What I had written about a company called Bartronics, in Oct 2007 in Moneylife:
Today there is 'speculation' about co winding up.... Surprising the co stayed on for six years!!
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25/10/2007 12:00 AM |
In a bull market nobody reads annual reports. If you do, you can come up with interesting stuff. Look at some details of a hot stock Bartronics
In today’s world, it does not pay to read the balance sheets of companies.
If you have that bad habit, you will not make money in the market. That was the quick lesson that came home to me very recently. I met someone who had purchased shares of a company called Bartronics India Ltd. and had received its annual report. Of course, he did not know anything about the company, except that he had made good money in a short time after buying the shares. Since he did not have any use for the balance sheet, I took it away for reading. I have great faith in annual reports and, to me, it is the first step to investing. It provides a window to the company.
After some searching, I found that the company was in the business of providing “AIDC Solutions” and was expanding into a segment relating to “RFID solutions”. AIDC is not explained anywhere. Using the Internet, I found that essentially the company provides hardware/software solutions in the Automatic Identification and Data Capture domain. RFID uses electronic cards with data embedded in it. The company was now expanding into making “smart cards”. Further, I got information that the company has tied up 70% of its “smart card” manufacture with a global supplier. What I could gather was that the company was basically one of the many global players in the industry and had nothing unique to offer; its business can be replicated easily. Then, I started to go into the financials and this is where things got really scary.
The company had gone on a capital-raising binge in the last year, through preferential offers to outsiders, warrants to promoters/ associates / others and some stock options to employees. However, at the end of the day, one does not know what the future capital is going to be. The annual report does not spell it out anywhere. As against the current capital of Rs17.82 crore, the fully diluted capital would stand at nearly Rs30 crore.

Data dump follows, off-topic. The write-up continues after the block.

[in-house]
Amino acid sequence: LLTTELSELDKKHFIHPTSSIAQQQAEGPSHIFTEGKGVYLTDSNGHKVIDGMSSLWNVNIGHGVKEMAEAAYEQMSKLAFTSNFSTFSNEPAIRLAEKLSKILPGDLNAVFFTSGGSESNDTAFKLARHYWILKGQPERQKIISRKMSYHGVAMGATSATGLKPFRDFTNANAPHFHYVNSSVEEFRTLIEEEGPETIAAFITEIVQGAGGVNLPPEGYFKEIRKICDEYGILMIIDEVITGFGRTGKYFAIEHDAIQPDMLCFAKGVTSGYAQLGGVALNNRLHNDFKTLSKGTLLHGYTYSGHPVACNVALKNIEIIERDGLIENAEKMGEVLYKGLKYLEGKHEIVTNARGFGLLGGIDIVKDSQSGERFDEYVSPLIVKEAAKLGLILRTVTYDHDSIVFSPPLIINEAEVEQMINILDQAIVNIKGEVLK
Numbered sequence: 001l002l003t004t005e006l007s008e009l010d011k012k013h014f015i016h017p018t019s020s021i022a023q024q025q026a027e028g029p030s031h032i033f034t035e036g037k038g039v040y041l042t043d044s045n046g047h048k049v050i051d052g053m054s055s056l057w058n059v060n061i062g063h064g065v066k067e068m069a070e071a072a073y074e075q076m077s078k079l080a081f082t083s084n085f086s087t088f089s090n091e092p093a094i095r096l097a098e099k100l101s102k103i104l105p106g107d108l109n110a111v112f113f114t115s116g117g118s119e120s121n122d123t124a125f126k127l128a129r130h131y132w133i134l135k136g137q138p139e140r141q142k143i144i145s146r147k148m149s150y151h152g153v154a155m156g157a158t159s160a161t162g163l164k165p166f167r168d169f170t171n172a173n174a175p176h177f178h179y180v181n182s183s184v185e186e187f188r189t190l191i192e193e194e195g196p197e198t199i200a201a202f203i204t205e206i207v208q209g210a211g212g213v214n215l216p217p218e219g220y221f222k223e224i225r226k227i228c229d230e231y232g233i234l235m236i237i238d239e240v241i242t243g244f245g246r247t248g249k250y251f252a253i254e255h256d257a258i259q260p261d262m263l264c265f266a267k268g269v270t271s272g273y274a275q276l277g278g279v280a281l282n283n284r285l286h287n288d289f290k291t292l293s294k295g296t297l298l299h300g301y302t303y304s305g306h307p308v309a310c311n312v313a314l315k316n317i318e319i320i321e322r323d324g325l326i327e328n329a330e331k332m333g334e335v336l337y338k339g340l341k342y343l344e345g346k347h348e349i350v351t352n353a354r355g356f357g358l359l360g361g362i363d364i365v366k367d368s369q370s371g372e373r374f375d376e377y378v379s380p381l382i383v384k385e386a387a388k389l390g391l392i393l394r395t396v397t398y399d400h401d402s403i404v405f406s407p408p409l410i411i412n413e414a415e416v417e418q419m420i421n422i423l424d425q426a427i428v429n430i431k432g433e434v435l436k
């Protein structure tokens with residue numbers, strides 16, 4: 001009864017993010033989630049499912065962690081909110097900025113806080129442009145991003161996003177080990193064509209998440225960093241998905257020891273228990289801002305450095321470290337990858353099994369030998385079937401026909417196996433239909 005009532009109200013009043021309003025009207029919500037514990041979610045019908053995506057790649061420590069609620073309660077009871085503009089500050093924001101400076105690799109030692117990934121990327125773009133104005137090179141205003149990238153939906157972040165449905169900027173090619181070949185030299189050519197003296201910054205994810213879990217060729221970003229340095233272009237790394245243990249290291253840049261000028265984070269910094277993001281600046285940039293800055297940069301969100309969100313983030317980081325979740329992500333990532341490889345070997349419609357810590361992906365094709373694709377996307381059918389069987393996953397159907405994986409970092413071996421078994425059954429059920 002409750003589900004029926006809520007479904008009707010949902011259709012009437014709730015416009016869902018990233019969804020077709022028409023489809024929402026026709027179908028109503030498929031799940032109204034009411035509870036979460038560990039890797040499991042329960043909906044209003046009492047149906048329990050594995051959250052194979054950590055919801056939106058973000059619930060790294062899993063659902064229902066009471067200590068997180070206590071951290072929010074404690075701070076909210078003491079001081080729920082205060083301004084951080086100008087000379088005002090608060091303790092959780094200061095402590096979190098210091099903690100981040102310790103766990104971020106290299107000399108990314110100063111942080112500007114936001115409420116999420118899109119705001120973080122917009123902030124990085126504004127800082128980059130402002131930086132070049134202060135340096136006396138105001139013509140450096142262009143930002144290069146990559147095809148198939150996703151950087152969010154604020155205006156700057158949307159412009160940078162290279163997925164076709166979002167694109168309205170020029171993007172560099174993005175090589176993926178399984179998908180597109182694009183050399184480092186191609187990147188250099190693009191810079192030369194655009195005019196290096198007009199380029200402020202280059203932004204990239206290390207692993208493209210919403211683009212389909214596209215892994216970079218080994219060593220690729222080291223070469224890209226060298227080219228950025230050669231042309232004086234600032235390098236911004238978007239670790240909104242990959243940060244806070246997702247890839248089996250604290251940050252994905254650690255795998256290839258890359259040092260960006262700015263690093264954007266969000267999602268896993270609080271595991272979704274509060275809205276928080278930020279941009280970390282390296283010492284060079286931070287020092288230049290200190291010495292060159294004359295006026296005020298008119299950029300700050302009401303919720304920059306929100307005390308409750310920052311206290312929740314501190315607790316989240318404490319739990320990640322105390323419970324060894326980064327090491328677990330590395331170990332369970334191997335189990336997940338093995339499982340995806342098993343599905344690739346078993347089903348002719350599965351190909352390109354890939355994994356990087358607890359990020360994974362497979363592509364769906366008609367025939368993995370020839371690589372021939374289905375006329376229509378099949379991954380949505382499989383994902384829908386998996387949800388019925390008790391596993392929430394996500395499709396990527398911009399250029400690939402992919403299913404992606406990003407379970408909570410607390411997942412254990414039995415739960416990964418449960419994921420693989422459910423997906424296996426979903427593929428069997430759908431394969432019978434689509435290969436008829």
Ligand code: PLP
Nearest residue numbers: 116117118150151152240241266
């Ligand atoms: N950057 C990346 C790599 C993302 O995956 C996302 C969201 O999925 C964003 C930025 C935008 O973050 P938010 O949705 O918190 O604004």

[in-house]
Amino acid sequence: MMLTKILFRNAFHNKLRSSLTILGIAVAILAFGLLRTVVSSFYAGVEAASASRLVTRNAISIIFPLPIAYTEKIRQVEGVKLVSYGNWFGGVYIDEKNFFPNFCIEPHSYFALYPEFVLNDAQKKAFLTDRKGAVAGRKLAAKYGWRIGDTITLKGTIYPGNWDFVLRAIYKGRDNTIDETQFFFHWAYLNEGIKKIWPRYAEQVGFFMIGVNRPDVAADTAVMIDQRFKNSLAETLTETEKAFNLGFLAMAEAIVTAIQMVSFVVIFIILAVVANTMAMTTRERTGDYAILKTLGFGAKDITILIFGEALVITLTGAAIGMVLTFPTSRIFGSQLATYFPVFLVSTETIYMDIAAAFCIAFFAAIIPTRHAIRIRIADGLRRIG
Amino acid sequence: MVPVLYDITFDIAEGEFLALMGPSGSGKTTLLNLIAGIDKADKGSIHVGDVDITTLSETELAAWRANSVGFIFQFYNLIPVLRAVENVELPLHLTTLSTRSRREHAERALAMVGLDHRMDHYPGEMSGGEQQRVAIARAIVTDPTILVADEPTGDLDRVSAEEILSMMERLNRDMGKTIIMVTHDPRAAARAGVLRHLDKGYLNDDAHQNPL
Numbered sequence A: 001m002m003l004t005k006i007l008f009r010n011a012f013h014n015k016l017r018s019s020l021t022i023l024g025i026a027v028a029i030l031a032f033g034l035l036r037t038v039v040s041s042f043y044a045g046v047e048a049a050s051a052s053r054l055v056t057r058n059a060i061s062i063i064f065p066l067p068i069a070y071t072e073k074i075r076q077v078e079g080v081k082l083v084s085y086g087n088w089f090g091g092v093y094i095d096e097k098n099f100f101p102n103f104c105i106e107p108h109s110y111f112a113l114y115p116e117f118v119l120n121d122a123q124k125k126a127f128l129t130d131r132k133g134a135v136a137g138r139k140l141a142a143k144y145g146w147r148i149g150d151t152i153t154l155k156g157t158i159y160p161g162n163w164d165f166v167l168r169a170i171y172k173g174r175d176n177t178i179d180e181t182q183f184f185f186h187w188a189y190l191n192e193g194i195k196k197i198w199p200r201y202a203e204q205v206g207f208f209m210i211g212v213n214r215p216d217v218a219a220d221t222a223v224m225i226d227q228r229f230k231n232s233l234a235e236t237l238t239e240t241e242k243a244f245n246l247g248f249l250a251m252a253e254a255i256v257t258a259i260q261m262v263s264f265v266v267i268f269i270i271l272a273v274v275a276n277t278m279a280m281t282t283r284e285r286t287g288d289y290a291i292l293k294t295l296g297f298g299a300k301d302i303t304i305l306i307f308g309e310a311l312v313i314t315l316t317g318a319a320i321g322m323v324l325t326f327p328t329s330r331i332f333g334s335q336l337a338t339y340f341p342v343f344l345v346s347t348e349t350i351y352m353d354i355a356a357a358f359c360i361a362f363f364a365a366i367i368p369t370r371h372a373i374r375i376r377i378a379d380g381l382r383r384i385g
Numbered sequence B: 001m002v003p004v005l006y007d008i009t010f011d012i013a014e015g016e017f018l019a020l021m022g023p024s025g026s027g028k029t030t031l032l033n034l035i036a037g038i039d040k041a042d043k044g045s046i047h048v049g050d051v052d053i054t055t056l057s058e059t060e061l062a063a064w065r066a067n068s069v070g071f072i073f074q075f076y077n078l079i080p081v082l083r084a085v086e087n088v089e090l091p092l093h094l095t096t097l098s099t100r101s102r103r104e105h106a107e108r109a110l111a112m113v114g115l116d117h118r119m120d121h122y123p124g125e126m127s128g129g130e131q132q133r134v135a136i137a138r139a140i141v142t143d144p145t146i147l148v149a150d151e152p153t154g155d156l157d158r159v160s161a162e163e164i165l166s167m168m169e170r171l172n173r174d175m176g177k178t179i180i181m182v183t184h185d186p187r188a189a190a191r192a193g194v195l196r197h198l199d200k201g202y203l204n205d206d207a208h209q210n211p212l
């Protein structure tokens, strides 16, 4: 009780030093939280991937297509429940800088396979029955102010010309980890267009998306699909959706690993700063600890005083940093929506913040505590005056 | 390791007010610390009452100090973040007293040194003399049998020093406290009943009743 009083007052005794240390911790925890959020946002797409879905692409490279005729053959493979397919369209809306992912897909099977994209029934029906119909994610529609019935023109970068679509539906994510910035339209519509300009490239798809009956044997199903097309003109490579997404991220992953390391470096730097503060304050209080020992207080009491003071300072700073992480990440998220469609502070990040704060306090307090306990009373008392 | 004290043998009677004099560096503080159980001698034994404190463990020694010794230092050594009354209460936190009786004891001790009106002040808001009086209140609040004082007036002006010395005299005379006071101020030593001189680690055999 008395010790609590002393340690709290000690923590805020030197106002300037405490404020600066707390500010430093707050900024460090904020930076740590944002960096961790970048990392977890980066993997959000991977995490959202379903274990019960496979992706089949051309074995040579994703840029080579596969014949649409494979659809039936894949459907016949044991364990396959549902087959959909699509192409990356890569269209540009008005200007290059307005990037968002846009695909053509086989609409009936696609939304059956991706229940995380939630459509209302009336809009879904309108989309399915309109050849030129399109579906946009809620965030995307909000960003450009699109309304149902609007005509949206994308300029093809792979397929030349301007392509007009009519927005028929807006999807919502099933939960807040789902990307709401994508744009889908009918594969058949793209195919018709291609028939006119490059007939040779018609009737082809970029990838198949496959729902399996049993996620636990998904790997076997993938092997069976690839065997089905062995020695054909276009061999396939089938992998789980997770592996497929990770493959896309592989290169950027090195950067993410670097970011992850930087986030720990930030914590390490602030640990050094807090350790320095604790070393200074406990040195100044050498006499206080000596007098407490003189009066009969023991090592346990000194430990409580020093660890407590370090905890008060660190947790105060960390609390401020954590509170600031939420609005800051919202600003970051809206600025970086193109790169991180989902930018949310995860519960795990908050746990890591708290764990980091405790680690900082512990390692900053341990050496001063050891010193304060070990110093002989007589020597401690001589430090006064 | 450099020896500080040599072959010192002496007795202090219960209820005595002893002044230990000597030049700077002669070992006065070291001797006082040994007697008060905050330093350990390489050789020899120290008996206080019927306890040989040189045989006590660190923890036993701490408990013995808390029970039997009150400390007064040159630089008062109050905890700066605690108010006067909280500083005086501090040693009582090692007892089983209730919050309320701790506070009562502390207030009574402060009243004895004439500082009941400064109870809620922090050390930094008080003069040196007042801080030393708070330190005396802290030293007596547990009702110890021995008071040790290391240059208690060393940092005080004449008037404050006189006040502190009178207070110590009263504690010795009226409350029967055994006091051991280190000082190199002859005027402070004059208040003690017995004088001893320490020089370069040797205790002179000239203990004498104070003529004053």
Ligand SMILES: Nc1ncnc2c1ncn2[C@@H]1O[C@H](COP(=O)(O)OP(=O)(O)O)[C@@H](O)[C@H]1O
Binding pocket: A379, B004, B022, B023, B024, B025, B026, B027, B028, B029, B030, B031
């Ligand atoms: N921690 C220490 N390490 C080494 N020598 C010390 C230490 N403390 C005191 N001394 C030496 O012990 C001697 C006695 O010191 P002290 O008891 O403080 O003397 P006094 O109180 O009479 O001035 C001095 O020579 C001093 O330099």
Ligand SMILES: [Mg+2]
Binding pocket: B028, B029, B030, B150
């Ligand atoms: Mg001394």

The operational numbers are befuddling. Against total sales of around Rs64 crore in the full year, the year-end debtors stand at over Rs71 crore! And the balance sheet says that debtors’ outstanding for less than six months is Rs49 crore. Interestingly, by seeking its quarterly results for the full year, I find that in the last two quarters of the year, Bartronics had notched up sales of Rs35 crore. Against total sales of Rs35 crore in six months to March 07, the company’s debtors’ outstanding for less than six months is Rs49 crore. Funny arithmetic indeed! Apart from this, the company had nearly Rs17 crore of debtors, which it has classified as “other than own sales”. No explanations are available regarding who these debtors are. If the company indulges its customers with so much time for payment, the business cannot be great, was my thought. Further, the company seems to have slipped on its numbers somewhere, or presumed (maybe rightly so) that today’s investors do not read annual reports. I also found that suppliers to the company were also in no hurry to collect. Against full year purchases of Rs41 crore, the company was still to pay Rs29 crore at the end of the year.
Bartronics proudly states that this is its 16th year of business. But I find that the cash flow of the company has been negative. I can also see no signs of any dividend payment which, to me, always looks fishy. For a reported profit of around Rs15 crore, the tax payout is just Rs90 lakh, which is another red flag.
In one of the schedules where the company gives a break down of its turnover, etc., either the printer’s devil has got in or there is some other goof up. The break down of sales is not completely available.
In the Directors’ Report, it is not clear at what price the warrants are issued. For instance, it says that it issued 4,630,000 convertible warrants of Rs10 each at a price of Rs1,210 per warrant. In the next para, it says that the aggregate amount of the issue is Rs6.02 crore. Try matching these figures. In another place, it talks about the same number of warrants at a price of Rs130 per warrant. You have to be either an insider or the company auditor to figure out what exactly has transpired.
I do not know which equity research houses cover this stock. I am sure many do; among its last publicly reported list of shareholders, I see many FII’s holding a large number of shares. I am sure they have also read the annual report and hope that they have full answers to the questions that the annual report raises. Let me end by saying that I have no view about investing in shares of Bartronics. I am merely trying to put together some pieces from the published annual report. Maybe Bartronics is a great company, but after reading the annual report, it is hard to conclude this.
This exercise illustrates that companies should make some effort in putting together their annual reports and answer as many questions as possible, without waiting for someone to ask. The annual report is not only a statutory document, but also an important communication to shareholders, existing as well as prospective. However, if my friend had read the annual report, he would have lost an opportunity to make easy money in this bull market!
Against total sales of Rs35 crore in six months to March 07, the company’s debtors’ outstanding for less than six months is Rs49 crore. Funny arithmetic indeed!